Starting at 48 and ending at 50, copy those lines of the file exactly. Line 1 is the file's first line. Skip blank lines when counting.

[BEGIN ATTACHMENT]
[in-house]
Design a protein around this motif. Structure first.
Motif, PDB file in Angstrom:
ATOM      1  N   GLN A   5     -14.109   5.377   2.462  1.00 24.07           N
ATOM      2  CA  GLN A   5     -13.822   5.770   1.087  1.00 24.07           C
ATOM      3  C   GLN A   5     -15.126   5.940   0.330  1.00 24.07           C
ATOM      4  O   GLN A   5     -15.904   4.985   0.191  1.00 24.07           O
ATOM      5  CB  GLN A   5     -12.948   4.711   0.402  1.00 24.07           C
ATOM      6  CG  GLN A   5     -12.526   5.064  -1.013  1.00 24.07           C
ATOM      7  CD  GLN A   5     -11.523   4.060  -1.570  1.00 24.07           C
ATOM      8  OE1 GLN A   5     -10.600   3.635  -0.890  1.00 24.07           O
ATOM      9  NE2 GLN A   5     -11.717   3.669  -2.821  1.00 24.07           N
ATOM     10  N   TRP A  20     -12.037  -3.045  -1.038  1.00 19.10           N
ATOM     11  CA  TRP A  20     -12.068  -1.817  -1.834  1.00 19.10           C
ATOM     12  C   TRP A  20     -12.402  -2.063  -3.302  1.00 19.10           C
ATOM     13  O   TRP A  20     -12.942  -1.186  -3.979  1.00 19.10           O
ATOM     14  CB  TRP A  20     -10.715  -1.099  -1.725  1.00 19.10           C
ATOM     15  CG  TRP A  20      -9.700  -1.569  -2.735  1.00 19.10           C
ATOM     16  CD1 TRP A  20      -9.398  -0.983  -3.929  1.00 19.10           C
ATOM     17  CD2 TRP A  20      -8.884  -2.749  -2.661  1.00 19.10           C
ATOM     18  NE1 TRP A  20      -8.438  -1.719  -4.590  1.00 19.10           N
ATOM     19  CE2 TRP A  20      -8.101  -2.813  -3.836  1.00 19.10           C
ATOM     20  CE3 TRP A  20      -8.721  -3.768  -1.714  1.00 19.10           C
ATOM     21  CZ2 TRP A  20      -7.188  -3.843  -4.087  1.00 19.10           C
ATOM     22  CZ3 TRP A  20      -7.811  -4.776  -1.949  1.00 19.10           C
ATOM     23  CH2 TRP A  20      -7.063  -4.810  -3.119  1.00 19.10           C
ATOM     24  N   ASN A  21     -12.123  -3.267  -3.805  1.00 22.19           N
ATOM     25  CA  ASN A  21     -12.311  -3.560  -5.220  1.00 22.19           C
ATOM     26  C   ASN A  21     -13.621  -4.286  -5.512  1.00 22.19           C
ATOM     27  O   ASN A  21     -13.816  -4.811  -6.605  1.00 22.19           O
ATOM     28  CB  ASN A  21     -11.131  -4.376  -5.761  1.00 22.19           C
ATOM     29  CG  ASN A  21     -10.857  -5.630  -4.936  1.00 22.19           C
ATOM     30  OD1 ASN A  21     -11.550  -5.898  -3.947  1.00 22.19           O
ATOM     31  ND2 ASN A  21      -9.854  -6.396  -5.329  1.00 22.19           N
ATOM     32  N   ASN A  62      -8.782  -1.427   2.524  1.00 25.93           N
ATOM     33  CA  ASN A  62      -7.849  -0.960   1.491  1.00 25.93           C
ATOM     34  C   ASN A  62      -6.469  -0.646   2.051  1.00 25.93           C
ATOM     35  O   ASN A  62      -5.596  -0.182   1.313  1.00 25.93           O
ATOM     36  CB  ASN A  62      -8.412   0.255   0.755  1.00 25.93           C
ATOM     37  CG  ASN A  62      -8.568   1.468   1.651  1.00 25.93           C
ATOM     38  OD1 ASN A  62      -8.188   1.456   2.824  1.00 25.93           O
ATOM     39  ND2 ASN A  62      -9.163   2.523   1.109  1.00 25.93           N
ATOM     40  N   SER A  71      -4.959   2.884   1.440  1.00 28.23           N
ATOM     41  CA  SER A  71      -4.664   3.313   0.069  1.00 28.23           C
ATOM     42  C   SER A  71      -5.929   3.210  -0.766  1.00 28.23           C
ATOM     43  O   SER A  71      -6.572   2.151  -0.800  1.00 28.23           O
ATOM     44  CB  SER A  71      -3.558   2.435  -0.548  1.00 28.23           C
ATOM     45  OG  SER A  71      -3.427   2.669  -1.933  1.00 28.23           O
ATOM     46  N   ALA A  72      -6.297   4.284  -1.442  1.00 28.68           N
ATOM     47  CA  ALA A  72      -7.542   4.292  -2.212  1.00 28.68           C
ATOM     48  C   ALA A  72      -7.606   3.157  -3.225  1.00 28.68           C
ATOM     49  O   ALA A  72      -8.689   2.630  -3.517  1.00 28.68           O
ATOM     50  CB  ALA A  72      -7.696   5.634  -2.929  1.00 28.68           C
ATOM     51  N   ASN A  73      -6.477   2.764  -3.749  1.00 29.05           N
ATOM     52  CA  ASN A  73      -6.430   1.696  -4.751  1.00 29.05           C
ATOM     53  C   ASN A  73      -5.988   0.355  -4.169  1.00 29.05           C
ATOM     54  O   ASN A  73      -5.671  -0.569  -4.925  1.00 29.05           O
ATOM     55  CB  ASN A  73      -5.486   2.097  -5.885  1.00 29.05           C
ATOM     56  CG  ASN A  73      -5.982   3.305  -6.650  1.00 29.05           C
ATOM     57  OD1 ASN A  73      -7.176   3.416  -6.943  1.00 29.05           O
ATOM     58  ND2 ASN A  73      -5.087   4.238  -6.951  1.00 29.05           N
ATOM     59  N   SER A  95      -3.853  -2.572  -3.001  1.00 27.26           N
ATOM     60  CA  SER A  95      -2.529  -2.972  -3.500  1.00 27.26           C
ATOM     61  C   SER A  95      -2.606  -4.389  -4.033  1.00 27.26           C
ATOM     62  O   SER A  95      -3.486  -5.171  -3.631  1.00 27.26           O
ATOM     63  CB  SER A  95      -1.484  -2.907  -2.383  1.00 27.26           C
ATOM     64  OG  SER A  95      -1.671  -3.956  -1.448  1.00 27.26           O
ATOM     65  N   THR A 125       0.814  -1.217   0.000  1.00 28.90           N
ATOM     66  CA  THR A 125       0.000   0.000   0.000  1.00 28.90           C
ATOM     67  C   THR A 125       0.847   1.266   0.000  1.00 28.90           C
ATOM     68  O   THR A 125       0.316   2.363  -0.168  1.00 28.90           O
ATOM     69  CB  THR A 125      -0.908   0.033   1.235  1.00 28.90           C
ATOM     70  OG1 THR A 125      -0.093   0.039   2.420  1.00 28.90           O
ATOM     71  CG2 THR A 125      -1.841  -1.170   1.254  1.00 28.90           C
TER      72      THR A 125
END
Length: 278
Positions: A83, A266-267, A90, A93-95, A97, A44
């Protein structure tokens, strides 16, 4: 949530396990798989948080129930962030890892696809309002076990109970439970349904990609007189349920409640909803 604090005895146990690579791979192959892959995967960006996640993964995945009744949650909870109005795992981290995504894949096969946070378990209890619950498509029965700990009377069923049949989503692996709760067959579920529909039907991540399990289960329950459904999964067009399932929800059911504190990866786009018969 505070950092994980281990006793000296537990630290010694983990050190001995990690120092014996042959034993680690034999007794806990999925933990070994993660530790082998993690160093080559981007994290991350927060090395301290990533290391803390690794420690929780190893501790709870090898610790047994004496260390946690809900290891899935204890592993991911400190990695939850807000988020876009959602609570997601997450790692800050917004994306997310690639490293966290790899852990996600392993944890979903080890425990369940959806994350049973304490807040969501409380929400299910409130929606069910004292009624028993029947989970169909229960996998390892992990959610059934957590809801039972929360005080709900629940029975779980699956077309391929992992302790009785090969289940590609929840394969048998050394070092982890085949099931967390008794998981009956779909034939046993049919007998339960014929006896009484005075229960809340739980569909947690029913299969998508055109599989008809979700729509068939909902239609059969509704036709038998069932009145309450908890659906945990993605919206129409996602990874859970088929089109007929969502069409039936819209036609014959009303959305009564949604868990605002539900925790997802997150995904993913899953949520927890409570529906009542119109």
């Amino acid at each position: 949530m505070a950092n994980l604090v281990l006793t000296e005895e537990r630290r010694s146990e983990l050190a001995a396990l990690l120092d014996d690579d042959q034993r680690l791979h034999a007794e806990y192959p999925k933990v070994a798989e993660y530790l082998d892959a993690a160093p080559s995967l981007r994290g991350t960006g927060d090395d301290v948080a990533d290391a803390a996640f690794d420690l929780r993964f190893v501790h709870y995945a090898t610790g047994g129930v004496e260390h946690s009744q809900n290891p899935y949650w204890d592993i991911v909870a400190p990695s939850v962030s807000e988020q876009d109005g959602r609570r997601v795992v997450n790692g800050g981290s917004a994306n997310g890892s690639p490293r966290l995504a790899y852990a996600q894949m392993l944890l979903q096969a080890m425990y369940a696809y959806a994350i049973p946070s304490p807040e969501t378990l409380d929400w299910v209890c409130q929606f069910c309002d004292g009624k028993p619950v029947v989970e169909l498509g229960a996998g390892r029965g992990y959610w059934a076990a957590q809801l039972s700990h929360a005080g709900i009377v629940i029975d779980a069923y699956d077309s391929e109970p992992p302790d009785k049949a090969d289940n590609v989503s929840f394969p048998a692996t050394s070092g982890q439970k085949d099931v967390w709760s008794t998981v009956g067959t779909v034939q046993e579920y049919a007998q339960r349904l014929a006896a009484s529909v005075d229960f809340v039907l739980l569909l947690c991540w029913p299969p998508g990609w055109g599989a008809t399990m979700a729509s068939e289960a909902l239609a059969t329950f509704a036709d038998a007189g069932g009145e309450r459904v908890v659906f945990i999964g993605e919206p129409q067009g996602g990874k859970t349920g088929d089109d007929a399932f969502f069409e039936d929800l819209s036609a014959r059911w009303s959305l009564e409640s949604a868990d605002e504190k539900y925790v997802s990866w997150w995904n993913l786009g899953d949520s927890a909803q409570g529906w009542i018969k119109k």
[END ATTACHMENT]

ATOM     45  OG  SER A  71      -3.427   2.669  -1.933  1.00 28.23           O
ATOM     46  N   ALA A  72      -6.297   4.284  -1.442  1.00 28.68           N
ATOM     47  CA  ALA A  72      -7.542   4.292  -2.212  1.00 28.68           C